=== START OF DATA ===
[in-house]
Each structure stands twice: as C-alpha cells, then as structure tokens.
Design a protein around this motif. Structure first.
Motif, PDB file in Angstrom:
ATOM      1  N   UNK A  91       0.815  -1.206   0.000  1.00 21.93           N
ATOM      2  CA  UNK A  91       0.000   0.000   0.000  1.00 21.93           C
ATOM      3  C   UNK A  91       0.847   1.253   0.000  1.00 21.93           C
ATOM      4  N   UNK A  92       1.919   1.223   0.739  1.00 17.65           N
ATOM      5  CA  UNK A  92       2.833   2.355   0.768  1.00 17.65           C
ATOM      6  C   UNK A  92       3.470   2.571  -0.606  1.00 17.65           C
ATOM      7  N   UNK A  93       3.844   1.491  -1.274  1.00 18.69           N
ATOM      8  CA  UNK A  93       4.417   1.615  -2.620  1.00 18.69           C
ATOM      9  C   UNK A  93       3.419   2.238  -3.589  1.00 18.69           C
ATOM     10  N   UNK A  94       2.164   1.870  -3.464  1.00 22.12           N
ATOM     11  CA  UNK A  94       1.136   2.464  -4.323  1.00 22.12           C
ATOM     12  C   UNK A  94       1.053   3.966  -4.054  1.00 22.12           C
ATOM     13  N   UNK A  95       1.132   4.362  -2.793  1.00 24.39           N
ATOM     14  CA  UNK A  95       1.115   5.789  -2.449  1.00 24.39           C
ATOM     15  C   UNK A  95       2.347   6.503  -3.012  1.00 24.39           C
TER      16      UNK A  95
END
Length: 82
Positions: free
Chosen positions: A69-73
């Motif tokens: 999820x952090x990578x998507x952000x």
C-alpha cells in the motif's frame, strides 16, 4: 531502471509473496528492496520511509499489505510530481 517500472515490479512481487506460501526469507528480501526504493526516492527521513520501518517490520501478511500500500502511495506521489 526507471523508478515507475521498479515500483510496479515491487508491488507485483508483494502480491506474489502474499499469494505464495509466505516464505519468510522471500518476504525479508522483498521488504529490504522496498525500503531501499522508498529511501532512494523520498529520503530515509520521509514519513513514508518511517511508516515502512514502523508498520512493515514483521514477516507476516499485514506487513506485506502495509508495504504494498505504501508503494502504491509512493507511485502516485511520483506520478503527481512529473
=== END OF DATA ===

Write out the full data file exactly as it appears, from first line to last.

[in-house]
Each structure stands twice: as C-alpha cells, then as structure tokens.
Design a protein around this motif. Structure first.
Motif, PDB file in Angstrom:
ATOM      1  N   UNK A  91       0.815  -1.206   0.000  1.00 21.93           N
ATOM      2  CA  UNK A  91       0.000   0.000   0.000  1.00 21.93           C
ATOM      3  C   UNK A  91       0.847   1.253   0.000  1.00 21.93           C
ATOM      4  N   UNK A  92       1.919   1.223   0.739  1.00 17.65           N
ATOM      5  CA  UNK A  92       2.833   2.355   0.768  1.00 17.65           C
ATOM      6  C   UNK A  92       3.470   2.571  -0.606  1.00 17.65           C
ATOM      7  N   UNK A  93       3.844   1.491  -1.274  1.00 18.69           N
ATOM      8  CA  UNK A  93       4.417   1.615  -2.620  1.00 18.69           C
ATOM      9  C   UNK A  93       3.419   2.238  -3.589  1.00 18.69           C
ATOM     10  N   UNK A  94       2.164   1.870  -3.464  1.00 22.12           N
ATOM     11  CA  UNK A  94       1.136   2.464  -4.323  1.00 22.12           C
ATOM     12  C   UNK A  94       1.053   3.966  -4.054  1.00 22.12           C
ATOM     13  N   UNK A  95       1.132   4.362  -2.793  1.00 24.39           N
ATOM     14  CA  UNK A  95       1.115   5.789  -2.449  1.00 24.39           C
ATOM     15  C   UNK A  95       2.347   6.503  -3.012  1.00 24.39           C
TER      16      UNK A  95
END
Length: 82
Positions: free
Chosen positions: A69-73
């Motif tokens: 999820x952090x990578x998507x952000x």
C-alpha cells in the motif's frame, strides 16, 4: 531502471509473496528492496520511509499489505510530481 517500472515490479512481487506460501526469507528480501526504493526516492527521513520501518517490520501478511500500500502511495506521489 526507471523508478515507475521498479515500483510496479515491487508491488507485483508483494502480491506474489502474499499469494505464495509466505516464505519468510522471500518476504525479508522483498521488504529490504522496498525500503531501499522508498529511501532512494523520498529520503530515509520521509514519513513514508518511517511508516515502512514502523508498520512493515514483521514477516507476516499485514506487513506485506502495509508495504504494498505504501508503494502504491509512493507511485502516485511520483506520478503527481512529473